In fact, as odious as the Korean finds this law, it was the perfect opportunity for the Korean to practice one of his guiding principles in his life -- If you don’t understand why people are doing certain things, you are the one who is stupid, not the people. And on some level, the Korean can understand what drove these people to pass the Arizona law. The Korean disagrees with that reasoning, but at least one can make a fair argument that the law was not (primarily) motivated by xenophobia, but by legitimate concerns over safety of persons and property.
But this article from the Wall Street Journal (no friend of illegal immigrants) made the Korean fucking lose it:
Arizona Grades Teachers on Fluency
State Pushes School Districts to Reassign Instructors With Heavy Accents or Other Shortcomings in Their English
PHOENIX—As the academic year winds down, Creighton School Principal Rosemary Agneessens faces a wrenching decision: what to do with veteran teachers whom the state education department says don't speak English well enough.
The Arizona Department of Education recently began telling school districts that teachers whose spoken English it deems to be heavily accented or ungrammatical must be removed from classes for students still learning English.(Emphasis the Korean's.)
State education officials say the move is intended to ensure that students with limited English have teachers who speak the language flawlessly. But some school principals and administrators say the department is imposing arbitrary fluency standards that could undermine students by thinning the ranks of experienced educators.
The teacher controversy comes amid an increasingly tense debate over immigration. Arizona Gov. Jan Brewer this month signed the nation's toughest law to crack down on illegal immigrants. Critics charge that the broader political climate has emboldened state education officials to target immigrant teachers at a time when a budget crisis has forced layoffs.
"This is just one more indication of the incredible anti-immigrant sentiment in the state," said Bruce Merrill, a professor emeritus at Arizona State University who conducts public-opinion research.
Margaret Dugan, deputy superintendent of the state's schools, disagreed, saying that critics were "politicizing the educational environment."
In the 1990s, Arizona hired hundreds of teachers whose first language was Spanish as part of a broad bilingual-education program. Many were recruited from Latin America.
Then in 2000, voters passed a ballot measure stipulating that instruction be offered only in English. Bilingual teachers who had been instructing in Spanish switched to English.
Ms. Dugan said some schools hadn't been complying with the state law that made English the only language in the classroom. "Our job is to make sure the teachers are highly qualified in fluency of the English language. We know districts that have a fluency problem," she said.
Arizona's enforcement of fluency standards is based on an interpretation of the federal No Child Left Behind Act. That law states that for a school to receive federal funds, students learning English must be instructed by teachers fluent in the language. Defining fluency is left to each state, a spokesman for the U.S. Department of Education said.
"The teacher obviously must be fluent in every aspect of the English language," said Adela Santa Cruz, director of the Arizona education-department office charged with enforcing standards in classes for students with limited English.
The education department has dispatched evaluators to audit teachers across the state on things such as comprehensible pronunciation, correct grammar and good writing.
Teachers that don't pass muster may take classes or other steps to improve their English; if fluency continues to be a problem, Ms. Santa Cruz said, it is up to school districts to decide whether to fire teachers or reassign them to mainstream classes not designated for students still learning to speak English. However, teachers shouldn't continue to work in classes for non-native English speakers.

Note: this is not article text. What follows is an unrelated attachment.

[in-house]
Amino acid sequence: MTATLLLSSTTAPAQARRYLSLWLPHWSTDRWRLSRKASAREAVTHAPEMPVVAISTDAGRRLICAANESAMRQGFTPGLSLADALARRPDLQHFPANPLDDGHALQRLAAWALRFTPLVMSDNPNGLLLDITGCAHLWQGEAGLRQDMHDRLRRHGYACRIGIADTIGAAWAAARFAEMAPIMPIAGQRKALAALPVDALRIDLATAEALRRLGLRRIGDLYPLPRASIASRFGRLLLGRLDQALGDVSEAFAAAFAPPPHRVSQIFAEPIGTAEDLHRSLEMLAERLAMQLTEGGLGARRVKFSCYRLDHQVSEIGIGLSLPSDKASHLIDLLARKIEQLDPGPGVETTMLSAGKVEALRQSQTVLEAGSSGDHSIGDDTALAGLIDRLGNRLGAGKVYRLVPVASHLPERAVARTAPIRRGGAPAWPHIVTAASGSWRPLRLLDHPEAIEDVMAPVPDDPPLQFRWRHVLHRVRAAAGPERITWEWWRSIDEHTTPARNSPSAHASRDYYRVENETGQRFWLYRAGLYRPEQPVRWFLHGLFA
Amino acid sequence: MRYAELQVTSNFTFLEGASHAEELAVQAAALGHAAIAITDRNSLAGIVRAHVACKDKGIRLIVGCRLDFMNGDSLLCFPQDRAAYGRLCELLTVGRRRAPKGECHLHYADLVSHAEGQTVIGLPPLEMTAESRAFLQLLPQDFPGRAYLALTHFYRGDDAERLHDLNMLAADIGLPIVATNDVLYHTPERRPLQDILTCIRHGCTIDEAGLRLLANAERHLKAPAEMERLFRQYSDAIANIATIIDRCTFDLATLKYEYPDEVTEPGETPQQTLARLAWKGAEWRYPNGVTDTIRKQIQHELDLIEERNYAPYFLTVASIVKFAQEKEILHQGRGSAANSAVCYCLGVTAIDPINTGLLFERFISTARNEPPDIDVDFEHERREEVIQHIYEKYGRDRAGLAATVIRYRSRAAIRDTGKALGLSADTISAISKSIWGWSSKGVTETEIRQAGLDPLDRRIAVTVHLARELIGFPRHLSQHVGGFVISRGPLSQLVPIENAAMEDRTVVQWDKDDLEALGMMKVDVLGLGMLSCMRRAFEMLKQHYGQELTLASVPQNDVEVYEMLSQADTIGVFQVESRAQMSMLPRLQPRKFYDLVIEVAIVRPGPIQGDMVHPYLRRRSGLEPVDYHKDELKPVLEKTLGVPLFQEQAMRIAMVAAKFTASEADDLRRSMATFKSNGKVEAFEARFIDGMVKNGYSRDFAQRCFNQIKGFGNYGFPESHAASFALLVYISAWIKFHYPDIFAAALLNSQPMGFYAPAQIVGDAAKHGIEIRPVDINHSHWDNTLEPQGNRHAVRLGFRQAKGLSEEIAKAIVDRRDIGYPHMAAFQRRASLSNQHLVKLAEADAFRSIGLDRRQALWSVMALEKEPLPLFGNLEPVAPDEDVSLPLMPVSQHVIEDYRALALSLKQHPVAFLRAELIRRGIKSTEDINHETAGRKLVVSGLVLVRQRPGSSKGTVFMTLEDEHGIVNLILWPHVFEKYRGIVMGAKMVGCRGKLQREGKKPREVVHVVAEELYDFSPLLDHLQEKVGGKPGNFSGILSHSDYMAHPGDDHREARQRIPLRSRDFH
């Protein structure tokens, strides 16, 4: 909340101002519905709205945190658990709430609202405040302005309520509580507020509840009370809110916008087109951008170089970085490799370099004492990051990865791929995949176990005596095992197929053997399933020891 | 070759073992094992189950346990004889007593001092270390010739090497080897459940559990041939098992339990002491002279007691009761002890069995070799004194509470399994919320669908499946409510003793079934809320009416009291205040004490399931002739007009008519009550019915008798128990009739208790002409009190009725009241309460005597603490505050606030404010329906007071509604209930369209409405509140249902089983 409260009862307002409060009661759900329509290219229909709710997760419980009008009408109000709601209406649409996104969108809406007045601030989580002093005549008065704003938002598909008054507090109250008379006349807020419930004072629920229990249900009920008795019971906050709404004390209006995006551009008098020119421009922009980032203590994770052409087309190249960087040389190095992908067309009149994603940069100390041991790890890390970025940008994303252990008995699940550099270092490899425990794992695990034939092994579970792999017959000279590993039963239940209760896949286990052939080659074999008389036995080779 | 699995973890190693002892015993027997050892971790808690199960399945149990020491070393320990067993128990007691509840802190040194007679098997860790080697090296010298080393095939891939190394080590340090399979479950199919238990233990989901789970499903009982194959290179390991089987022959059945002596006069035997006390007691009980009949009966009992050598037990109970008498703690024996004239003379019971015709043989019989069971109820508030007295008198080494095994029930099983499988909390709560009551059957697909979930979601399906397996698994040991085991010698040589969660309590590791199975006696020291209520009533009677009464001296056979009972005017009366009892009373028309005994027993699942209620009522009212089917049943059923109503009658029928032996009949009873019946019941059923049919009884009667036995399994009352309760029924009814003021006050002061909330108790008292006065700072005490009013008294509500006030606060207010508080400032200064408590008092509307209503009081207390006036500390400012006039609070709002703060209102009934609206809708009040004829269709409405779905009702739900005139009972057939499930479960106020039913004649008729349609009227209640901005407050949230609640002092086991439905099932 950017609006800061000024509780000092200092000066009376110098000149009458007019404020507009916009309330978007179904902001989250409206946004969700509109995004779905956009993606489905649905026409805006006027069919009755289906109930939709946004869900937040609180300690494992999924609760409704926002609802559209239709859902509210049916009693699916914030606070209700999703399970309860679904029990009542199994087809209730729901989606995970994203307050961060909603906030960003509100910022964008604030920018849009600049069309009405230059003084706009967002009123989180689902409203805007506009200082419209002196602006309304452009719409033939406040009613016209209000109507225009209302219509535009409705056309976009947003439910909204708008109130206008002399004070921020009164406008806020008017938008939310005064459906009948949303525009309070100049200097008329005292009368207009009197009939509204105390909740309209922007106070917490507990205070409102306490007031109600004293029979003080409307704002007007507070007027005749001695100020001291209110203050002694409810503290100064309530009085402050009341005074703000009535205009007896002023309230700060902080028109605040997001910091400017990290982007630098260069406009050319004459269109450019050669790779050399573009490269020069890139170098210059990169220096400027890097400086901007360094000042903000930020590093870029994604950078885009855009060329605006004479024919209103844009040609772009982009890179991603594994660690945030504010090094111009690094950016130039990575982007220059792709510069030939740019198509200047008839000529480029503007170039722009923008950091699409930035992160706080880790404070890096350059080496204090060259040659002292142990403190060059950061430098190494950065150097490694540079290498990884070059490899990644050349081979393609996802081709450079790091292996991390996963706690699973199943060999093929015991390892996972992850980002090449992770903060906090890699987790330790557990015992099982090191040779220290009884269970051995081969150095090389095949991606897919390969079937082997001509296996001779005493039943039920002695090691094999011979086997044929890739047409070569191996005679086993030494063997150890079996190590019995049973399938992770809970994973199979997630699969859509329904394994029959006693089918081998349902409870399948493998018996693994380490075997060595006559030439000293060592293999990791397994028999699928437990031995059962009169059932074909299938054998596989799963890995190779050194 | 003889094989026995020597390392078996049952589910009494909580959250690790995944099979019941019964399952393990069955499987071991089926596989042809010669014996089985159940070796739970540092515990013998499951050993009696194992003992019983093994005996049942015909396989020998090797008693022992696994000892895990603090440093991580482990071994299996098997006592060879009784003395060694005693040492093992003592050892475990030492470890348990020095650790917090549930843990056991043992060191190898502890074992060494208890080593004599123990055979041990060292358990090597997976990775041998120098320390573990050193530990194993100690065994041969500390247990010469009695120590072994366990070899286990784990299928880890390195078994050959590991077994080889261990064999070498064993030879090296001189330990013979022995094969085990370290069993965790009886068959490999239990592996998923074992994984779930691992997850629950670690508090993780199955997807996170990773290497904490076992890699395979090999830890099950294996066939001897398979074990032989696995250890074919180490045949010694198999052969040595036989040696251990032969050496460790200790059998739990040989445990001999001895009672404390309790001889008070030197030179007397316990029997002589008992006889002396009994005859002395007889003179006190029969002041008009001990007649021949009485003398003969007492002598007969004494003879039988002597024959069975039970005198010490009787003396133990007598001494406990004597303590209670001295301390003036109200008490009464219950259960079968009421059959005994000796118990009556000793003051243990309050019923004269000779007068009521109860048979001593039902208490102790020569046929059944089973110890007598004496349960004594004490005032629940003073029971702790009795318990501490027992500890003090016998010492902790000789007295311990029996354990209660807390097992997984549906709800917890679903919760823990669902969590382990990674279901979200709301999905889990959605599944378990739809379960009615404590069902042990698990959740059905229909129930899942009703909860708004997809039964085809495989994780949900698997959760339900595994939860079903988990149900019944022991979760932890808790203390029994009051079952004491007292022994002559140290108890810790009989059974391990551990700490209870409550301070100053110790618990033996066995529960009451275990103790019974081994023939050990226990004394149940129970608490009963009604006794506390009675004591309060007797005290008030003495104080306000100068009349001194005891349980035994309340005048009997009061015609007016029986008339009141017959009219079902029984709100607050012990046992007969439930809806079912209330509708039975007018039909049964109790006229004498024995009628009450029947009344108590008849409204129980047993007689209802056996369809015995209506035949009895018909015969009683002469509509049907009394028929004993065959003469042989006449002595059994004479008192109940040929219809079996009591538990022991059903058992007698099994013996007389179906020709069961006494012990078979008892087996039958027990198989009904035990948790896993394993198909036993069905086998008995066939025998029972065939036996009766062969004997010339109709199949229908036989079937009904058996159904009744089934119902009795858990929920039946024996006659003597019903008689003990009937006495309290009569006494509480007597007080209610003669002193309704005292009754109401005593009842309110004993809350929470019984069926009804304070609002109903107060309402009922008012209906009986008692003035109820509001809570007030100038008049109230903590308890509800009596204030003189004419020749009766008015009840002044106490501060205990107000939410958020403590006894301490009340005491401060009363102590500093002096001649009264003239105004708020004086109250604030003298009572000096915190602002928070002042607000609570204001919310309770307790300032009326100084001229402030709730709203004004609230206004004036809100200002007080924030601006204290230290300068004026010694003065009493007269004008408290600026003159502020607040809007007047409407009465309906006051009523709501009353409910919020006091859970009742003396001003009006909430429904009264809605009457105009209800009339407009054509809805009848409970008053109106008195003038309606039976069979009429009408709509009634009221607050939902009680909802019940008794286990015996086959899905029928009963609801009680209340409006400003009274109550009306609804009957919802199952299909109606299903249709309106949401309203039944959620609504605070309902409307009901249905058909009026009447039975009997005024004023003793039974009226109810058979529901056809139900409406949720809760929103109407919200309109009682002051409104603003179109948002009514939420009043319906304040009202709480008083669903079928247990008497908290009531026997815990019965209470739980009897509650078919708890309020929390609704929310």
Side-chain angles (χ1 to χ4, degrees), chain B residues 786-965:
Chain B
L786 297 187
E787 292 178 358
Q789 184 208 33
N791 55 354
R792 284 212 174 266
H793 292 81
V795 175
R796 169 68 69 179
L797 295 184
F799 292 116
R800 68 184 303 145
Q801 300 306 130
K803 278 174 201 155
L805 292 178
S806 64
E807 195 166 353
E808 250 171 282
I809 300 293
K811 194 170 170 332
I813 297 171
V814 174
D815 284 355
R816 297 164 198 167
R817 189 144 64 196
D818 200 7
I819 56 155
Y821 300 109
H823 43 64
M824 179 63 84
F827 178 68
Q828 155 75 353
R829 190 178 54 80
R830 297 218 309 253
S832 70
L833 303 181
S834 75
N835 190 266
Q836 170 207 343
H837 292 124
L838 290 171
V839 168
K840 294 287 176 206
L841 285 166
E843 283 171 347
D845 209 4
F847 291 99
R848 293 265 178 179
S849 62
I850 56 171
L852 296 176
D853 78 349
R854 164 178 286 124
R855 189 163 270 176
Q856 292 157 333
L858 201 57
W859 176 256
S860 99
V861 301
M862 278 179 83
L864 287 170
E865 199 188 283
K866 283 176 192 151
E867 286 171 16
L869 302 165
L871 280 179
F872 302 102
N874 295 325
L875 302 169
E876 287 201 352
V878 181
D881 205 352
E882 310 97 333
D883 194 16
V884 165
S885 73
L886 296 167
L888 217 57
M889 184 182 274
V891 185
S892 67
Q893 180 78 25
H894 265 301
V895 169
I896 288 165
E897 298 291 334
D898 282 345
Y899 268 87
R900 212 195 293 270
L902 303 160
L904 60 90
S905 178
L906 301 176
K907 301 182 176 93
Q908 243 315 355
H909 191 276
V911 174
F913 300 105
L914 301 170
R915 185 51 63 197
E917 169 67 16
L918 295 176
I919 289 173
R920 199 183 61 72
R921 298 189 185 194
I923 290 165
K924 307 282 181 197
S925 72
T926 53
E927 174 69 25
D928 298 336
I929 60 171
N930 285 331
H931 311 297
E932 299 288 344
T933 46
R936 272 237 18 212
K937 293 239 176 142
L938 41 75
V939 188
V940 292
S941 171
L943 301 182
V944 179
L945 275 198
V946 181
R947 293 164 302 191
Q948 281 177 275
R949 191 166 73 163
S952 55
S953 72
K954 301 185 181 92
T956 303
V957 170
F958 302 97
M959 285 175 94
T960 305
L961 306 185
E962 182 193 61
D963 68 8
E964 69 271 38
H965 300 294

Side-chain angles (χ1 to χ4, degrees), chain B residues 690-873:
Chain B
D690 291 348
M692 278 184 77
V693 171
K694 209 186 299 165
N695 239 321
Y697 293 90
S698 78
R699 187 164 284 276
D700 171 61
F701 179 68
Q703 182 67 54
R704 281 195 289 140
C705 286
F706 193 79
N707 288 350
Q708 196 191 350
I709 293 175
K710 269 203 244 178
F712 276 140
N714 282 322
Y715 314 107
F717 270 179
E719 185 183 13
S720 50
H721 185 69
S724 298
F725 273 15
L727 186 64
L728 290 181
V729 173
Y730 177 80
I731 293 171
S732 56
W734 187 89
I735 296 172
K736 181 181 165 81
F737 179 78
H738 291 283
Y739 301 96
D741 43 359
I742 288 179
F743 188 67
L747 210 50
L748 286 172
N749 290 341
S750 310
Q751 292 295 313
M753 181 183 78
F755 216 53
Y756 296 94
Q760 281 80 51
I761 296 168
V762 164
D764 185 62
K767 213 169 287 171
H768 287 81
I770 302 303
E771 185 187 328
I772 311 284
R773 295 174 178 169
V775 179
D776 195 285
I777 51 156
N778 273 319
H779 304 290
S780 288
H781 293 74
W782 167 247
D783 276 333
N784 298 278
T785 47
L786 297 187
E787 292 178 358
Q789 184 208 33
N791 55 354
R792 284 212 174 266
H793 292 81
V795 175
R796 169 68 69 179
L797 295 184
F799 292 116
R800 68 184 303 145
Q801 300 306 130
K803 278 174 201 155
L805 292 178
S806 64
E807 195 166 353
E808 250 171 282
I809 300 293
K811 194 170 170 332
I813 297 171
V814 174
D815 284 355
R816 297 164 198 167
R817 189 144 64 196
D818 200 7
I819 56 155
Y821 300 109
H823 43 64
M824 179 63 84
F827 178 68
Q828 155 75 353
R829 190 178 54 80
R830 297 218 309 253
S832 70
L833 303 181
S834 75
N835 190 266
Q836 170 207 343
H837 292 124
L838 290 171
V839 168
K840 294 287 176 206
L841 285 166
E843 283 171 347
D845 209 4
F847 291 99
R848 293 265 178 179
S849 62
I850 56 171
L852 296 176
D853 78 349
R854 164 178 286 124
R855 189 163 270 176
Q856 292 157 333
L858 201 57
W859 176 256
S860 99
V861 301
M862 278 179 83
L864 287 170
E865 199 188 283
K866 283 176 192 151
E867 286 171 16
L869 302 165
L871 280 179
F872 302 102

About 150,000 of Arizona's 1.2 million public-school students are classified as English Language Learners. Of the state's 247 school districts, about 20 have high concentrations of such students, the largest number of which are in the younger grades.
Nearly half the teachers at Creighton, a K-8 school in a Hispanic neighborhood of Phoenix, are native Spanish speakers. State auditors have reported to the district that some teachers pronounce words such as violet as "biolet," think as "tink" and swallow the ending sounds of words, as they sometimes do in Spanish.
These teachers "are very good educators who understand the culture" of their students," said Ms. Agneessens, Creighton's principal. "Teachers should speak grammatically correct English," she acknowledged, but added, "I object to the nuance of punishment for accent."
"It doesn't matter to me what the accent is; what matters is if my children are learning," said Luis Tavarez, the parent of sixth- and eighth-graders at Creighton.
"Student achievement and growth should inform teacher evaluations, not their accents," said Kent Scribner, superintendent of the Phoenix Union High School District.
John Hartsell, spokesman for the Arizona Education Association, a union that represents 34,000 teachers, said the recent focus on fluency was a distraction from more important issues. "This is not the time to be pressuring districts to deal with accents that have nothing to do with quality teaching; we are trying to figure out how to best fund operations" because of cuts in education, he said.
State education officials deny any discrimination against teachers, saying they are acting in students' best interest.
Ms. Santa Cruz, the state official, said evaluators weren't looking at accents alone. "We look at the best models for English pronunciation," she said. "It becomes an issue when pronunciation affects comprehensibility."
"Teachers should speak good grammar because kids pick up what they hear," said Johanna Haver, a proponent of English-language immersion who serves as an adviser to Arizona educators. "Where you draw the line is debatable."
After evaluation and despite completing an accent-reduction course, some teachers at Creighton were ruled still unsuited to teaching English-language learners.
That poses a dilemma for Ms. Agneessens, the principal. In kindergarten, three of four classes are for English-language learners. Two of those three classes are taught by immigrants whose English didn't pass muster.
Ms. Agneessens said she was trying to find a way to retain those two teachers by shifting them into classrooms not designated for English-language learners, even if that meant teaching a different grade. Both teachers declined to comment for this article.
Recently, she informed one experienced kindergarten teacher that she would have to be reassigned to a mainstream class in a higher grade in the fall, if she wished to remain at the school.